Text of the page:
Dr. Catherine Sarkisian and Dr. Marion Mass
Correction & clarification: This column has been updated to correct the number of Dartmouth students who died by suicide.
The top ranked colleges and universities have poured millions of dollars into reporting campus rates of positive COVID-19 tests. Many of these colleges and universities also have invested heavily in mandatory regular asymptomatic testing, even in spring of 2022, when hospitals have close to zero patients admitted due to COVID-19 infection.
Meanwhile, though death from COVID-19 is exceedingly rare among college students, it is well known from pre-pandemic data that approximately 100 U.S. college students die by suicide each month. According to more recent Centers for Disease and Control Prevention data, 1 in 4 adults ages 18-24 contemplated suicide in June 2020.
Deaths by suicides
Though updated national statistics for college and university student suicides are not available, confirmed data from several colleges and universities suggests that the rate of death by suicide might have skyrocketed since the implementation of pandemic-related restrictions on college campuses. Here are just a few of the colleges and universities that have confirmed alarming numbers of deaths by suicide:
►Stanford University, four in 13 months
►Worcester Polytechnic Institute, five in one year
►Dartmouth College, two in one year
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Rates of mental illness on campus are shocking: As many as 1 in 3 college students are suffering from depression (twice as many as in 2019), and even more have anxiety disorders (1.5 times as many as in 2019).
The dystopia that COVID-19 policies have created on campus has been well-described. University policies such as encouraging anonymous reporting hotlines for infractions (including walking to the shower without a mask) have generated fear and mistrust among classmates.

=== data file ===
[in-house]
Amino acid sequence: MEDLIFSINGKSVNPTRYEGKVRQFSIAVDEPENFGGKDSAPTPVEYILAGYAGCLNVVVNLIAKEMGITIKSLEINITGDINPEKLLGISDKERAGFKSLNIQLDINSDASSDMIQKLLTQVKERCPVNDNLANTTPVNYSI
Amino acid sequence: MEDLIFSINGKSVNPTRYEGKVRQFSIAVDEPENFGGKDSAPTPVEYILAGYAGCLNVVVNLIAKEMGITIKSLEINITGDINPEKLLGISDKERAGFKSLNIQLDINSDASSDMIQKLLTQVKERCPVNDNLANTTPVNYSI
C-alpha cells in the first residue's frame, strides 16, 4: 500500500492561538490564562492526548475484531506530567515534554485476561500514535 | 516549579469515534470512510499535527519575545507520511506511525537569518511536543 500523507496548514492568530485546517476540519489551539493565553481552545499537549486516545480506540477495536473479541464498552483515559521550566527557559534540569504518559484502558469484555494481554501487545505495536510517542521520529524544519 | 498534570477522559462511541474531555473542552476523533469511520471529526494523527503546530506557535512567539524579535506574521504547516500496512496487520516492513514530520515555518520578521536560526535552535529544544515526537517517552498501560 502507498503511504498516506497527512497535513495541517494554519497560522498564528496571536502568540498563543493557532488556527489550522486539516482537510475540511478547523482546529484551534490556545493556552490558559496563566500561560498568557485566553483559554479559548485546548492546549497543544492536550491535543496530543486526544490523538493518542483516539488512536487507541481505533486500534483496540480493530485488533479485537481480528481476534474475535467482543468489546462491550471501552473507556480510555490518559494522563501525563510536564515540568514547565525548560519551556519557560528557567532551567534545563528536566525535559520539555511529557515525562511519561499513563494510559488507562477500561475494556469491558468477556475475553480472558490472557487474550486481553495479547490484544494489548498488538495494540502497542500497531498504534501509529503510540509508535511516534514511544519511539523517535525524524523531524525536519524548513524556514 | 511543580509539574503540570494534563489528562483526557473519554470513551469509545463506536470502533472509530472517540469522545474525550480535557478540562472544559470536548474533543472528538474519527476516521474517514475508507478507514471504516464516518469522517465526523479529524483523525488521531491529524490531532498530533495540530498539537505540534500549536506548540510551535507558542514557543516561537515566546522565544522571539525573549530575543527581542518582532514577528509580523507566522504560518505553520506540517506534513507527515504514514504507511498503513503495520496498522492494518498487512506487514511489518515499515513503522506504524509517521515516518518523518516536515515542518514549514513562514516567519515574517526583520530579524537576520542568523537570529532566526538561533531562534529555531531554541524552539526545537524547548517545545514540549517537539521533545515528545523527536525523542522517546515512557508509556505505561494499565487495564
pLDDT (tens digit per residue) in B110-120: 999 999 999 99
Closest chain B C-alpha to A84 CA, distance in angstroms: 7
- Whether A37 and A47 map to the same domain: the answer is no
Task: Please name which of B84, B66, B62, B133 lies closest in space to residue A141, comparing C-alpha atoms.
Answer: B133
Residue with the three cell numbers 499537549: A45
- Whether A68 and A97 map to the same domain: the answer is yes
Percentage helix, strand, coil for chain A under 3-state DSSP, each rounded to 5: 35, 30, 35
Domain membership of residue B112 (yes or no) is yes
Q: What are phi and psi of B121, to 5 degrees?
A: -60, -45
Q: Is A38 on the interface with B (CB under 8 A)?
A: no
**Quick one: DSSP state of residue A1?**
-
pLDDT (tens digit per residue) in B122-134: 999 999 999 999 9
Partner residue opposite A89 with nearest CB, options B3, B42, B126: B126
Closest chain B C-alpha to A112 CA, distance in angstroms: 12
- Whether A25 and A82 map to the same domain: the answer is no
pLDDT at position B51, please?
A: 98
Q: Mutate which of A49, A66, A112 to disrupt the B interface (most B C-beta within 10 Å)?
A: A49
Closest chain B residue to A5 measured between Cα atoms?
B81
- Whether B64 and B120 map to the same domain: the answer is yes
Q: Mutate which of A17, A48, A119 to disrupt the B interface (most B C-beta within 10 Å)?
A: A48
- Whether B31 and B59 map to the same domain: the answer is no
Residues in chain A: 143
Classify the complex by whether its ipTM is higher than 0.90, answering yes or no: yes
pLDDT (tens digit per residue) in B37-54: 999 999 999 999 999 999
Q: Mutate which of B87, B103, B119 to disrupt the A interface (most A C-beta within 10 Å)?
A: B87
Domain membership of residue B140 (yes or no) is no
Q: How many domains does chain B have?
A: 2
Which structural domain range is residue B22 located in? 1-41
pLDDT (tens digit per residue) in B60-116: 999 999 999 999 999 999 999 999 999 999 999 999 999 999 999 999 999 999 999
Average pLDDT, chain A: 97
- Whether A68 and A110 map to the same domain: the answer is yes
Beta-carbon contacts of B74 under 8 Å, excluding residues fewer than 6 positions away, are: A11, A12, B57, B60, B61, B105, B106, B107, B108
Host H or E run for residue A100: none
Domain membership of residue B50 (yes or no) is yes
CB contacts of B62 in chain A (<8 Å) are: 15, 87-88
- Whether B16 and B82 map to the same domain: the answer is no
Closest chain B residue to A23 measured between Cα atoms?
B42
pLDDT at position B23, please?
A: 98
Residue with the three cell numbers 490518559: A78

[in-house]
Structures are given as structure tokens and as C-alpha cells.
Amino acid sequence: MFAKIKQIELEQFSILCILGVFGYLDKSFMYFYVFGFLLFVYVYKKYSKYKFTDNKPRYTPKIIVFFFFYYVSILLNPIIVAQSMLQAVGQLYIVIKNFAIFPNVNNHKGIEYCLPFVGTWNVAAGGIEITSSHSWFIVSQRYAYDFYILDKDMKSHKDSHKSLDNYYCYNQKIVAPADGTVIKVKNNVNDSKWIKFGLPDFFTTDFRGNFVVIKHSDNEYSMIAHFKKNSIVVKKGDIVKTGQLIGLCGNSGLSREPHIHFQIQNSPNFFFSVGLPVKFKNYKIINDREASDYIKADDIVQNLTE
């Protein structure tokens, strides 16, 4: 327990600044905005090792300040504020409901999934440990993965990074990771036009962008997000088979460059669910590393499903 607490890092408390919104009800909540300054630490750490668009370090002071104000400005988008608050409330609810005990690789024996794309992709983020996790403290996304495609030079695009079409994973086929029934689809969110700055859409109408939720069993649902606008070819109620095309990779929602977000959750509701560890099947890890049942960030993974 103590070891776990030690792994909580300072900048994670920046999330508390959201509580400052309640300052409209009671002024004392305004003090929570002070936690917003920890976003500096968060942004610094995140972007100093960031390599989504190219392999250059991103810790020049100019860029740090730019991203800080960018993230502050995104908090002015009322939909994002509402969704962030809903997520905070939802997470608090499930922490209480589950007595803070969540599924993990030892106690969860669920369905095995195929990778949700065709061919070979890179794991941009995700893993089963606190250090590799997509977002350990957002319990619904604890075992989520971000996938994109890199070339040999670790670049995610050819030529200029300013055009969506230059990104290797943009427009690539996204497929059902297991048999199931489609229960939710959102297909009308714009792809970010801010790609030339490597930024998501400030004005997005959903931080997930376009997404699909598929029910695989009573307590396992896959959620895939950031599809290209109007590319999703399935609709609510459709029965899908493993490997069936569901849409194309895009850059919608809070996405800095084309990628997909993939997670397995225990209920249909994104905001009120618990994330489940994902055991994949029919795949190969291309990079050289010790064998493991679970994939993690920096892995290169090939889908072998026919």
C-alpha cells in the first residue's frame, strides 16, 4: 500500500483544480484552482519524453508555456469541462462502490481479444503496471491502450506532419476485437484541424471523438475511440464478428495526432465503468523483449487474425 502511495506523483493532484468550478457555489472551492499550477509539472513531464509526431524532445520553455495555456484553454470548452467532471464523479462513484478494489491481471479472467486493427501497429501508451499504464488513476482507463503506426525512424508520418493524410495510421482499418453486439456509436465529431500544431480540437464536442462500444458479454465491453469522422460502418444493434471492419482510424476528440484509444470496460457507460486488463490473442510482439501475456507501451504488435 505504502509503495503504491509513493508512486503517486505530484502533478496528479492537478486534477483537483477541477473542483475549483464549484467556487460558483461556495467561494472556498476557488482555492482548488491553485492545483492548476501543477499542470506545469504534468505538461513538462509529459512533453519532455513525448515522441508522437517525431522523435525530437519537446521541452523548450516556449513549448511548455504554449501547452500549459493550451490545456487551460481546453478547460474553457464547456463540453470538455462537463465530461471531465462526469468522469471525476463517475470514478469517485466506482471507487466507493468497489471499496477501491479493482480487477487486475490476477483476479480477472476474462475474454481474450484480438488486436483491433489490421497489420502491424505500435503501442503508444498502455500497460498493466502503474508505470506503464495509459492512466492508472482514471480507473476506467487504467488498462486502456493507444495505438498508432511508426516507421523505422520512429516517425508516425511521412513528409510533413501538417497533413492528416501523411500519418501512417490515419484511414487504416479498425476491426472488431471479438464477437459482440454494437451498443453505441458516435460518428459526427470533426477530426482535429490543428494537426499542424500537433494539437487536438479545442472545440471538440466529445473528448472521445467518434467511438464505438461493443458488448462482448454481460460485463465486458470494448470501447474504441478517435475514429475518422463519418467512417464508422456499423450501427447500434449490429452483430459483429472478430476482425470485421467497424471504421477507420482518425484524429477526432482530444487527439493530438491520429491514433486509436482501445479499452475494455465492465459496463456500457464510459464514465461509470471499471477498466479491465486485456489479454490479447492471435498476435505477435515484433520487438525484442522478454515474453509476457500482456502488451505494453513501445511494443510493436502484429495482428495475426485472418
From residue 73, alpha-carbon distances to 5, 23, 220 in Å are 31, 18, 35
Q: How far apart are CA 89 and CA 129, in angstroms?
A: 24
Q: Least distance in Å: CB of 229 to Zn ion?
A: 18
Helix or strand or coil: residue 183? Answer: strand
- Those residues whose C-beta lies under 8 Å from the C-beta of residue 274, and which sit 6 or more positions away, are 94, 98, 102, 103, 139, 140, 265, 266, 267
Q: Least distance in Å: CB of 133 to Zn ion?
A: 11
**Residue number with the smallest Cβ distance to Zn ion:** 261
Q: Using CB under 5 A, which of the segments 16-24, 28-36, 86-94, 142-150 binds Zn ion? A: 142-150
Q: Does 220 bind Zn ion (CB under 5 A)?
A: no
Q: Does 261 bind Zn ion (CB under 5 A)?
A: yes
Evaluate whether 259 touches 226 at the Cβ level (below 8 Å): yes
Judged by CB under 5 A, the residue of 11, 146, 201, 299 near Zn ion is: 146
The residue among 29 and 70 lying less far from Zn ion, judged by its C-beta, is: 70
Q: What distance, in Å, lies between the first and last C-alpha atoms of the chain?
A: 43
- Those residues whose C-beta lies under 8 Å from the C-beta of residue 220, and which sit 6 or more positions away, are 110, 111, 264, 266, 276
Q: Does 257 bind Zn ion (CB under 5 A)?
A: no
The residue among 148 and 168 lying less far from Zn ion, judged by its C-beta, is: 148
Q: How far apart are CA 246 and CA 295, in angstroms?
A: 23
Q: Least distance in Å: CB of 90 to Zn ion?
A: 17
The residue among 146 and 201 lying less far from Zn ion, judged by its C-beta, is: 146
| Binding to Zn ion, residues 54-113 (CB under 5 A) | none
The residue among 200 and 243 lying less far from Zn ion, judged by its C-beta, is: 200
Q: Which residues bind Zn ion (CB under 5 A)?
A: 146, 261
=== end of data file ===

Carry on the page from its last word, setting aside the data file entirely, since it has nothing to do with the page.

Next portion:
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Yet even though it has been known for more than a year that rates of mental illness have soared, waiting times to see professional mental health care providers on many campuses are still unacceptably long, from weeks to months.
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Where is the urgency among college and university administrators to address this lethal epidemic? As parents of adult college students and/or as a professor at a major university, we receive near weekly status updates via electronic mail about COVID-19, but nothing about the major killer of our adult children – the stealthy chronic disease that is robbing the joy from their youth: mental illness. What if just one small fraction of the money and time being invested in COVID-19 surveillance were allocated to mental health programs? Just imagine how many deaths and how much suffering could be prevented.
Parents, students and our political leaders should demand timely mental health reporting by colleges and universities in order to incentivize these institutions to finally take mental health seriously. There is a vast repository of empiric data to inform prevention and treatment of mental illness among college students; there is no excuse for colleges and universities to ignore this body of science and fail to act.
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For too long mental illness has been stigmatized; rates of depression and anxiety have been largely ignored as factors to consider when selecting a college or university. Would parents still be so eager to send their sons to the “No. 1” ranked liberal arts college by U.S. News & World Report if they knew that 1% of incoming first-year men died by suicide last year? If rankings are here to stay (at least for now), we call upon U.S. News & World Report to incorporate measures of student mental health into its algorithms. At a minimum, the rankings should report the rate of death by suicide.
We have learned through the tragedy of the COVID-19 pandemic that colleges and universities will not lead of their own accord to prioritize mental health. As parents and caring members of society, we need to demand transparency around students’ mental health.
Dr. Catherine Sarkisian is an internist and a professor of medicine at the David Geffen School of Medicine at UCLA. Dr. Marion Mass is a pediatrician at the Children’s Hospital of Philadelphia. Their views are their own.
If you or someone you know may be struggling with suicidal thoughts, you can call the U.S. National Suicide Prevention Lifeline at 800-273-TALK (8255) any time day or night. Crisis Text Line also provides free, 24/7, confidential support via text message to people in crisis when they dial 741741.